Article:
Originally published in Radio
and Hobbies in Australia, April 1943, the Tiny Tim 2 is one of the simplest
mains operated receivers. A regenerative detector feeding an output pentode
provides good speaker volume on most receivable stations.
A trap for those not familiar with valve circuits and Australian circuit diagrams of the period; the terminals marked "SPKR" are for feeding into the output transformer (7000 ohms for the EL3NG), not directly into the voice coil.
The 6J7 (modern equivalent
is 6AU6) functions as a regenerative grid leak detector with the feedback
winding fed from the screen grid, rather than the plate or cathode as seen
on other circuits. In effect, the screen is functioning as a plate as far
as the feedback winding is concerned, with the detected audio taken from
the plate in the usual way. The coil is a commercially made Reinartz type
marketed in Australia by firms such as RCS radio, or it can be made to
the following specifications:
Coils are wound on a 1.25" (32mm) former.
The receiver was intended
to have the coils on plug in formers for changing to the other bands. Data
is given for reception up to 30Mc/s. Although I made my receiver for MW
only, I used a plug in coil former because I had the genuine type on hand.
The detected and amplified audio then feeds into an EL3N output valve. For those outside Australasia and Europe, this is a high gain pentode of Philips design. I has roughly twice the gain of a 6V6. Although it's pin compatible, the bias is less and the load impedance is 7K instead of 5K. Power output is also a fraction less. The 9 pin equivalent is 6M5 (EL80) which was used in thousands upon thousands of Australian radios. Due to the high gain, a grid stopper resistor is often required. This, and an associated condenser are shown dotted in the circuit, to be added if required. Note that this circuit was one of many published by R&H during the war years when components were difficult to get, hence the simplicity and being designed around standard kinds of components.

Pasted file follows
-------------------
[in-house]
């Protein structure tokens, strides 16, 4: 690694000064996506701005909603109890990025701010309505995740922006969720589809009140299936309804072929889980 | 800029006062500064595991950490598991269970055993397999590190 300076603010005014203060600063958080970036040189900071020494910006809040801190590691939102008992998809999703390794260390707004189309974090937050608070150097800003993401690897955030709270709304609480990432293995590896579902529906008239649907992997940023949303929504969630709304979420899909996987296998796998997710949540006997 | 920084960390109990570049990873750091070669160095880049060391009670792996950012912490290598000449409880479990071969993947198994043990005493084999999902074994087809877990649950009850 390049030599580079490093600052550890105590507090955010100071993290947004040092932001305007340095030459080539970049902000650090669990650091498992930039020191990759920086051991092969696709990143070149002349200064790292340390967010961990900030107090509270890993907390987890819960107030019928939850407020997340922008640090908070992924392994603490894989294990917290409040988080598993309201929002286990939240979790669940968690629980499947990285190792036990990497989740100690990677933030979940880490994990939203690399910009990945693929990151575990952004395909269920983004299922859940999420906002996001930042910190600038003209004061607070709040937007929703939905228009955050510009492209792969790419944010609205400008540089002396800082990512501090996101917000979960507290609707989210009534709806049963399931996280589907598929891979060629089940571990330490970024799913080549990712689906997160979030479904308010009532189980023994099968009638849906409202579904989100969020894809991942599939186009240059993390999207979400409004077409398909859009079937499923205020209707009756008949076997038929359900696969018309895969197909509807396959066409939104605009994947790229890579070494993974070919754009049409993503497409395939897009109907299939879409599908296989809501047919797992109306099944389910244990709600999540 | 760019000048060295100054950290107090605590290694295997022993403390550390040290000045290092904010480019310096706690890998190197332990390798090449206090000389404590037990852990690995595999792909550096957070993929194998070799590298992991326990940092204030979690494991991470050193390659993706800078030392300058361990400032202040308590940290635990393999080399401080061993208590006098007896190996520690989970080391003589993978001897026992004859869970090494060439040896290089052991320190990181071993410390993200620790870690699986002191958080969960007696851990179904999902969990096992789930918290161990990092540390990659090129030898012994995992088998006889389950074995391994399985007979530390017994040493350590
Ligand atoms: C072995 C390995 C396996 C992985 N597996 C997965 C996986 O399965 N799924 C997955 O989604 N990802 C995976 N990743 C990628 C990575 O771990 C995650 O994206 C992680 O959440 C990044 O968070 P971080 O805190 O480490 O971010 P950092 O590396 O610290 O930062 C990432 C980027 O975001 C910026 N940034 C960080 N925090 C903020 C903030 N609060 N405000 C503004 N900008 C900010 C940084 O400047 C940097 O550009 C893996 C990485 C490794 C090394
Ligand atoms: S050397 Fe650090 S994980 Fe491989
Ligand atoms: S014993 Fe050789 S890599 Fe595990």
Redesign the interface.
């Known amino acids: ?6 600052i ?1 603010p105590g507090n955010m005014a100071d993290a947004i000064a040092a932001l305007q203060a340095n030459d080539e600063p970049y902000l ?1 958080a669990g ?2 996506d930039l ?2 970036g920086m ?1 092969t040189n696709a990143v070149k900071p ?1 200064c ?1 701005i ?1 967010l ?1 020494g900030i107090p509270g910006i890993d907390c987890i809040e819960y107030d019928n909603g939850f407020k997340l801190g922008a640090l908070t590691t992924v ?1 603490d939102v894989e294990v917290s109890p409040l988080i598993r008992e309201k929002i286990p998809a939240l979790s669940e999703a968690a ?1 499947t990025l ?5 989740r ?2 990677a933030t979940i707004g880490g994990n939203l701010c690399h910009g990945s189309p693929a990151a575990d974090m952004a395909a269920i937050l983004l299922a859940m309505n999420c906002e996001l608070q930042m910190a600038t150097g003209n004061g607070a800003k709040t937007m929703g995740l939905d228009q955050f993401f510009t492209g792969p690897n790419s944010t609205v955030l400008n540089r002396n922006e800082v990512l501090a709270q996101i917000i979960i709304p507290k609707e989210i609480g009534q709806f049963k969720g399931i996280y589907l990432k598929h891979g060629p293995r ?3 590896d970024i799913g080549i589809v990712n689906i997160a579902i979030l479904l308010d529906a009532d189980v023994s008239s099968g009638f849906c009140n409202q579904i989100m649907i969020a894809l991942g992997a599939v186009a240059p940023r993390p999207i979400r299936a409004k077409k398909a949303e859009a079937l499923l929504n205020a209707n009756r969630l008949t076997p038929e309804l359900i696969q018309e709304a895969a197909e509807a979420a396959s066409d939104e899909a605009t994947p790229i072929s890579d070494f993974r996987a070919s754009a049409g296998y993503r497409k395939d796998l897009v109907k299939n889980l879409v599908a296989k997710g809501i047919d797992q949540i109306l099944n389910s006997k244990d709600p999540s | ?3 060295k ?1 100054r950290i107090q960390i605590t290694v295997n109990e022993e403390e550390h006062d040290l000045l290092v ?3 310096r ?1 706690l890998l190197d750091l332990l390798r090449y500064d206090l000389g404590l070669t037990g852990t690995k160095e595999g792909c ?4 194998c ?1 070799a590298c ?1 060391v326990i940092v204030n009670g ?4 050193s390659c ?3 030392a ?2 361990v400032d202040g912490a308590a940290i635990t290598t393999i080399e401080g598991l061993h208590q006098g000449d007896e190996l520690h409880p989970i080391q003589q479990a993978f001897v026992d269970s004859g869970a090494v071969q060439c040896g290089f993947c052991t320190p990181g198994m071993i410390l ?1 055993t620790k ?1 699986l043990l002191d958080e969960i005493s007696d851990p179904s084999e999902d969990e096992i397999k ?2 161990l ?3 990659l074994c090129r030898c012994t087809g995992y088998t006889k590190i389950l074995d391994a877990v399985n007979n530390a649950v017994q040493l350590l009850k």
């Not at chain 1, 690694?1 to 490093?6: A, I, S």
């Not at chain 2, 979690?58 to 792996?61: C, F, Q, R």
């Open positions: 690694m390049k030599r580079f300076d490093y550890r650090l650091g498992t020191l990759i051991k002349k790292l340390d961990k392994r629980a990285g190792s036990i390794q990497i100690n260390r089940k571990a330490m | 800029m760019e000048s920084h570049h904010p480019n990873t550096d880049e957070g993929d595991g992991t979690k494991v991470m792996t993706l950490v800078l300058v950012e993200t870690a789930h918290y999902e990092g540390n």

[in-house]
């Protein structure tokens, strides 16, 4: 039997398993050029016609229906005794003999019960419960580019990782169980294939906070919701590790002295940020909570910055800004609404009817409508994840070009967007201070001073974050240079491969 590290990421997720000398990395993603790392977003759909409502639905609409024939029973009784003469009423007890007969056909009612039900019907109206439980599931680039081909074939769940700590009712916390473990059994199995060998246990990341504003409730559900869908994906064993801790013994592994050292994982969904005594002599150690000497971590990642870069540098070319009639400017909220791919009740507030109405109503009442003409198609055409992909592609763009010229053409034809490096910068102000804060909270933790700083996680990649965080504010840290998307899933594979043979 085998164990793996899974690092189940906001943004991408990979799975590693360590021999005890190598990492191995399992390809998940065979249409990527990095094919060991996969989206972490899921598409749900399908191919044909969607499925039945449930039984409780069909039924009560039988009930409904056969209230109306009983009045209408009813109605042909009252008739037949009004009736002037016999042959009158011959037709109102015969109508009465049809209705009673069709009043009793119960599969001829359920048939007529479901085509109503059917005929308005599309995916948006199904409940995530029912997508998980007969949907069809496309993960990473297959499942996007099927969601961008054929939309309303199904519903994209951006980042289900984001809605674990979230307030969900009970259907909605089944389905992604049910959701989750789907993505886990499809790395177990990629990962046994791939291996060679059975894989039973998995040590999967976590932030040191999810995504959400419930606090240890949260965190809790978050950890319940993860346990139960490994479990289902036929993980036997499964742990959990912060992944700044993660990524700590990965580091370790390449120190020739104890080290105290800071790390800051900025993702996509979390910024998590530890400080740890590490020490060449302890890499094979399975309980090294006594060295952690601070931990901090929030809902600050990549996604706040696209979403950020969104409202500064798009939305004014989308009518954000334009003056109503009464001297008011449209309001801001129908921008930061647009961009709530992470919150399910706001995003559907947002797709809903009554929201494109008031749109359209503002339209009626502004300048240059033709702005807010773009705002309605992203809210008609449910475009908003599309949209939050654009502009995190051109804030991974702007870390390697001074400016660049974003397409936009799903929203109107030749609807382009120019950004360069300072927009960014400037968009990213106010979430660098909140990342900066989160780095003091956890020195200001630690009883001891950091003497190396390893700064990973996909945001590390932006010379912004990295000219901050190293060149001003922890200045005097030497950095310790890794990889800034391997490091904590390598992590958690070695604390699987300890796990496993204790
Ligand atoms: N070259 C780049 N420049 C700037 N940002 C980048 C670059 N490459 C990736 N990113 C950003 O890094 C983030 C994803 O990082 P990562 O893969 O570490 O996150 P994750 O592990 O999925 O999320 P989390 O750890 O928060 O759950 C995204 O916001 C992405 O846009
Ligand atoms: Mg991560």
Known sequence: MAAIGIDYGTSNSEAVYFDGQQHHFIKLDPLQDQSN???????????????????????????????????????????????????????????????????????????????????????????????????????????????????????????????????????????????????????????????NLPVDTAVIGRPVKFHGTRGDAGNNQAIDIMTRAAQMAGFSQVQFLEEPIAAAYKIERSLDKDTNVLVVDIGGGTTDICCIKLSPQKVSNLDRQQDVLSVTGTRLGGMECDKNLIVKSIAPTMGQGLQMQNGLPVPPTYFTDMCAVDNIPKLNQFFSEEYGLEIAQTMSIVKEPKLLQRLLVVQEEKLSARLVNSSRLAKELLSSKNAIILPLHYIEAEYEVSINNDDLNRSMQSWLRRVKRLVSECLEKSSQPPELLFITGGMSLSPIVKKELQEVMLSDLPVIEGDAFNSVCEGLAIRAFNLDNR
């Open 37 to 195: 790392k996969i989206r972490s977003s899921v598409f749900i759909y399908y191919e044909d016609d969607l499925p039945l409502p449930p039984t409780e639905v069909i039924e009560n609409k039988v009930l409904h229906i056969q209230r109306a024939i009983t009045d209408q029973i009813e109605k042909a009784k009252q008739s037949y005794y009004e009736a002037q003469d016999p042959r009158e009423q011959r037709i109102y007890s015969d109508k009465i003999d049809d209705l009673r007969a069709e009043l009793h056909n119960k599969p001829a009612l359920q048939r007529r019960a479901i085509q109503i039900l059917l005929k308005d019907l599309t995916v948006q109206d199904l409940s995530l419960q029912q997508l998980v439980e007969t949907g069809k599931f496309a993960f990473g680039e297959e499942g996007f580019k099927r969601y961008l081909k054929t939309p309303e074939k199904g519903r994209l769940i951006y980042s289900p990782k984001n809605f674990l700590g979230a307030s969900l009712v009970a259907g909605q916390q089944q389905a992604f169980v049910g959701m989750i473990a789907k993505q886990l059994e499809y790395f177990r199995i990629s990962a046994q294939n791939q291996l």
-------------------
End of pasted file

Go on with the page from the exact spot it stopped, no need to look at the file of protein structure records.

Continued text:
Coil clearly visible in the bottom lefthand corner. Between it and the 6V6 output valve is the trimmer to set the dial calibrations correctly. The two aerial terminals are on the left, with the speaker terminals on the right.
I also had an RCS dial and
single gang tuning condenser as per the original design, so these were
pressed into service.
Essentially, my version of the Radio & Hobbies design is the same, except I've used a 6V6 instead of the EL3N. (The cathode bias resistor was of course changed to 250R). Also, as I'm not using an electrodynamic speaker, a filter choke
filters the high tension instead of a field coil. And, due to length of my outdoor aerial with its resultant absorbtion effects, I've added an extra aerial terminal which puts a 470pF condenser in series with the aerial.
In this pic, the grid leak resistor and condenser are visible connected to the 6J7 top cap.
Under chassis view. Speaker transformer is mounted in the centre. The knot in the mains cable is politcally incorrect but is correct for the period, is simple, and works. Note the simplicity of the circuit.
Performance is excellent.
Even though I'm using a 6V6 instead of the EL3N, the receiver easily provides
Regeneration is particularly smooth with absolutely no backlash. I've never liked the method of regeneration that involves a variable capacitor in series with the feedback winding. Not only is there backlash, but it affects the tuning. Besides, the 100pF value usually specified isn't what I'd describe as a common component. It's more expensive than a potentiometer too.
email me: cablehack at yahoo dot com